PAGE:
Search Results

You are looking at 1 - 4 of 4 items for :

  • Author: Michael L. Naraine x
  • Journal of Sport Management x
  • Social Studies in Sport and Physical Activity x
  • Refine by Access: All Content x
Clear All Modify Search
Restricted access

Illuminating Centralized Users in the Social Media Ego Network of Two National Sport Organizations

Michael L. Naraine and Milena M. Parent

The purpose of this study was to examine national sport organizations’ (NSOs’) social networks on Twitter to explore followership between users, thereby illuminating powerful and central actors in a digital environment. Using a stratified, convenience sample, followership between the ego (i.e., NSO) and its alters (i.e., stakeholders) were noted in square, one-mode sociomatrices for the Fencing Canada (381 × 381) and Luge Canada (1026 × 1026) networks on Twitter. Using social network analysis to analyze the data for network density, average ties, Bonacich beta centrality, and core–periphery structure, the results indicate fans, elite athletes, photographers, competing sport organizations, and local clubs are some of the key stakeholders with large amounts of power. Though salient users, such as sponsors and international sport federations, are also present in the network core, NSOs seem better able to increase visibility of their content by targeting smaller scale users. The findings imply managers may wish to reflect upon how these advantaged users can be incorporated into their social communication strategies and how scholarship should continue examining followership as well as content in online settings.

Restricted access

Analogous Forecasting for Predicting Sport Innovation Diffusion: From Business Analytics to Natural Language Processing

Liz Wanless and Michael L. Naraine

The purpose of this study was to analyze the diffusion of one sport innovation to forecast a second. Contextualized within the diffusion of innovations theory, this study investigated cumulative business analytics diffusion as an analog for cumulative natural language processing (NLP) diffusion in professional sport. A total of 89 teams of the 123 teams in the Big Four North American men’s professional sport leagues contributed: 21 from the National Football League, 23 from the National Basketball Association, 22 from Major League Baseball, and 23 from the National Hockey League. Utilizing an analogous forecasting approach, a discrete derivation of the Bass model was applied to cumulative BA adoption data. Parameters were then extended to predict cumulative NLP adoption. Resulting BA-estimated parameters (p = .0072, q = .3644) determined a close fit to NLP diffusion (root mean square error of approximation = 3.51, mean absolute error = 2.98), thereby validating BA to predict the takeoff and full adoption of NLP. This study illuminates an ongoing and isomorphic process for diffusion of innovations in the professional sport social system and generates a novel application of diffusion of innovations theory to the sport industry.

Restricted access

Coordination in International and Domestic Sports Events: Examining Stakeholder Network Governance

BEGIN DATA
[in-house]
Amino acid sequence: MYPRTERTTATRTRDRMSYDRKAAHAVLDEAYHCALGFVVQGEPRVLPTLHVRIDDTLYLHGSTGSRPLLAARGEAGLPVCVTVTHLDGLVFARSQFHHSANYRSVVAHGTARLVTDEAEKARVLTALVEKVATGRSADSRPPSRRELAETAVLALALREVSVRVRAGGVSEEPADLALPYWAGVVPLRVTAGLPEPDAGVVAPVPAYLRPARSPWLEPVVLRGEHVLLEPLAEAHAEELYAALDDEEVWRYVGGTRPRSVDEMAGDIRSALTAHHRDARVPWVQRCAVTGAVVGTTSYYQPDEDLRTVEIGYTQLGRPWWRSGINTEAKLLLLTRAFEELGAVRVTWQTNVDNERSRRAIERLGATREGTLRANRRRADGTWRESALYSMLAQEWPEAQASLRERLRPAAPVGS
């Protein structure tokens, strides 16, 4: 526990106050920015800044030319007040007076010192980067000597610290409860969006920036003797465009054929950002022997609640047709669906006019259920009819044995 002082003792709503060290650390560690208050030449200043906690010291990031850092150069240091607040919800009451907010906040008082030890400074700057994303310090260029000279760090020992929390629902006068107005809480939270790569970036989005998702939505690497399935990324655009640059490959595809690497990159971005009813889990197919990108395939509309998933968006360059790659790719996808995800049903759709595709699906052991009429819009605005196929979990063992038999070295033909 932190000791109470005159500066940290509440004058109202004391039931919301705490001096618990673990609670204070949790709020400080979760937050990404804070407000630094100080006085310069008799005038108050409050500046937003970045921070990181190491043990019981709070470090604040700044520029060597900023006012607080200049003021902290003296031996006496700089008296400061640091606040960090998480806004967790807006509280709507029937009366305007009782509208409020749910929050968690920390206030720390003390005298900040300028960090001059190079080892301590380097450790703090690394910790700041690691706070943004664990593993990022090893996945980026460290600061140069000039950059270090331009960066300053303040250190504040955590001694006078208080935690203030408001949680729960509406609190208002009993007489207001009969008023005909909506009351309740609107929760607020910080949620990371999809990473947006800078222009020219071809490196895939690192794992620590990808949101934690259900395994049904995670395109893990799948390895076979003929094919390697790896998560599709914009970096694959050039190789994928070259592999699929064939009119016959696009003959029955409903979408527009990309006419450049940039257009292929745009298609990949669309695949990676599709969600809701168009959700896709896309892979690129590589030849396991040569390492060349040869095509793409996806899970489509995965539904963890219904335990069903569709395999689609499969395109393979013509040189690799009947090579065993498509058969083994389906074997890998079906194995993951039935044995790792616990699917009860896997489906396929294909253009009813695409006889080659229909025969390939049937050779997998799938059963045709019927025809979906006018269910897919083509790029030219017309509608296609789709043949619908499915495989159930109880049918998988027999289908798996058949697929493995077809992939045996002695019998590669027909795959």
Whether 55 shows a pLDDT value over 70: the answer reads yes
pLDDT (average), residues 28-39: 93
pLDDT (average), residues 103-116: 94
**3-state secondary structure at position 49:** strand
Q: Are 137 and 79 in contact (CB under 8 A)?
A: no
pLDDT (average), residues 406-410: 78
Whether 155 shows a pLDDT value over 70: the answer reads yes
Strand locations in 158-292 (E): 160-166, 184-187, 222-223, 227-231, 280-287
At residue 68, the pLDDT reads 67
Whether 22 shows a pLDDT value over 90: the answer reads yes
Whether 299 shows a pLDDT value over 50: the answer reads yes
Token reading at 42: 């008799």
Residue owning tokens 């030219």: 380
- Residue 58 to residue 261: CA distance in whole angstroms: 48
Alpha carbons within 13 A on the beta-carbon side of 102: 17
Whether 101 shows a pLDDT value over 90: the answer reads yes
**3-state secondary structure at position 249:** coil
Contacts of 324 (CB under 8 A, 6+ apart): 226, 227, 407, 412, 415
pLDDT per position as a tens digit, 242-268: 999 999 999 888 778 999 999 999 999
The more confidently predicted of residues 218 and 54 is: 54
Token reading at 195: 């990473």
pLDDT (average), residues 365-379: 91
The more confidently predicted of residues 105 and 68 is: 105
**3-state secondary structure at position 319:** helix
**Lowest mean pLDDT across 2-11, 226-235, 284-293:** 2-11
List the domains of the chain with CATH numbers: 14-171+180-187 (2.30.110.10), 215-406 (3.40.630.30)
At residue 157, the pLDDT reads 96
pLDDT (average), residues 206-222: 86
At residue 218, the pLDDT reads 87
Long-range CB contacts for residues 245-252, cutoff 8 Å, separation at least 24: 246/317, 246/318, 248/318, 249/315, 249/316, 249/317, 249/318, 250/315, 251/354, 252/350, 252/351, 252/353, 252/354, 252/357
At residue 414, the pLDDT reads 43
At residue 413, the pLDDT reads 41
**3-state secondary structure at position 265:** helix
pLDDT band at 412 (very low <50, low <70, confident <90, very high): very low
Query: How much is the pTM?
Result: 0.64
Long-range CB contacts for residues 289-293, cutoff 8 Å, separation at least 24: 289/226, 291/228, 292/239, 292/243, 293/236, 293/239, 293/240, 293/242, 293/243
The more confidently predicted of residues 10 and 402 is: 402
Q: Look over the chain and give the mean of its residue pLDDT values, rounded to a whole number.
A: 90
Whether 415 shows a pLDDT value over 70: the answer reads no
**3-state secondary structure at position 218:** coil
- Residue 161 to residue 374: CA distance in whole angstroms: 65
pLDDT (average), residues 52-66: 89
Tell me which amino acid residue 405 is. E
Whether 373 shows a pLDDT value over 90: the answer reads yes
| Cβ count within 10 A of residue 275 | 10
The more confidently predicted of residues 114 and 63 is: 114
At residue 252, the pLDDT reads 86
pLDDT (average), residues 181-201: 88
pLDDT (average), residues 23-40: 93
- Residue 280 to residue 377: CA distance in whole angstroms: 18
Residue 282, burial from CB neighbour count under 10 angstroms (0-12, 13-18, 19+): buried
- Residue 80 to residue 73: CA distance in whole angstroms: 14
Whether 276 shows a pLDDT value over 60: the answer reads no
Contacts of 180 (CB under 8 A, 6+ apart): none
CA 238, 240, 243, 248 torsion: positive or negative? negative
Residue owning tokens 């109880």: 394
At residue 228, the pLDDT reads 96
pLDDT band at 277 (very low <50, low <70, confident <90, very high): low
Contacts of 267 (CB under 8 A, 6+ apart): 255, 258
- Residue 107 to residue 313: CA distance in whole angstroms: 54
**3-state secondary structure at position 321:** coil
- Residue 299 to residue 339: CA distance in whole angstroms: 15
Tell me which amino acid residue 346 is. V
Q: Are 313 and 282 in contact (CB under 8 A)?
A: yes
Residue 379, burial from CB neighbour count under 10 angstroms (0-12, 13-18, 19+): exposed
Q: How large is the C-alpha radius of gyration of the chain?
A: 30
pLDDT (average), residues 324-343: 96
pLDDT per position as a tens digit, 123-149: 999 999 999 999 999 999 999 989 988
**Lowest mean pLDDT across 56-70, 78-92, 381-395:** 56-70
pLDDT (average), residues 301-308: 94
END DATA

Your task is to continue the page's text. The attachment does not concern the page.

Michael L. Naraine, Jessie Schenk, and Milena M. Parent

This paper sought to examine the stakeholder network governance structures of two international and two domestic multisports events focusing on (a) exploring the structural connectedness of these networks and (b) illuminating powerful stakeholders vis-à-vis centrality and the ability to control the network’s flow. An exploratory, comparative case study design was built by means of 58 interviews and 550 archival materials. Findings highlight international sports events are sparsely connected networks with power concentrated in the organizing committee, government, and venue stakeholders, who broker coordination with other stakeholders. In contrast, domestic sport event organizing committees appear more decentralized as coordinating actors: Sport organizations, sponsors, and community-based stakeholders emerged as highly connected, powerful stakeholders. Domestic event governance decentralization highlights a potential imbalance in stakeholder interests through network flow control by multiple actors, while the governments’ centrality in international events demonstrates not only mode-dependent salience but also visibility/reputational risks and jurisdictional responsibilities-based salience.

Restricted access

Decision-Making Processes Used by Canadian National Sport Organization Boards: Differences Between Design Archetypes

Russell Hoye, Milena M. Parent, Ashley Thompson, Erik L. Lachance, Michael L. Naraine, Marijke Taks, and Benoit Séguin

This paper examines the decision-making role of Canadian national sport organization boards, identifies the processes used to facilitate decision making by these boards, and explores whether these elements differ between the various design archetypes that exist among these organizations. Forty-five semistructured interviews were conducted with board members and senior staff of 22 Canadian national sport organizations, and data were thematically analyzed. Findings indicate board members and senior staff focused on strategy as their primary role, along with control over other roles (e.g., providing advice and counsel or securing resources). Roles differed according to the organization’s design archetype. Our analysis showed clear differences between design archetypes in terms of how these the organizations used structural artifacts such as subcommittees to facilitate decision making, navigated decision rights between board members and paid staff, and adhered to the Carver policy governance model promoted for national sport organizations by Sport Canada.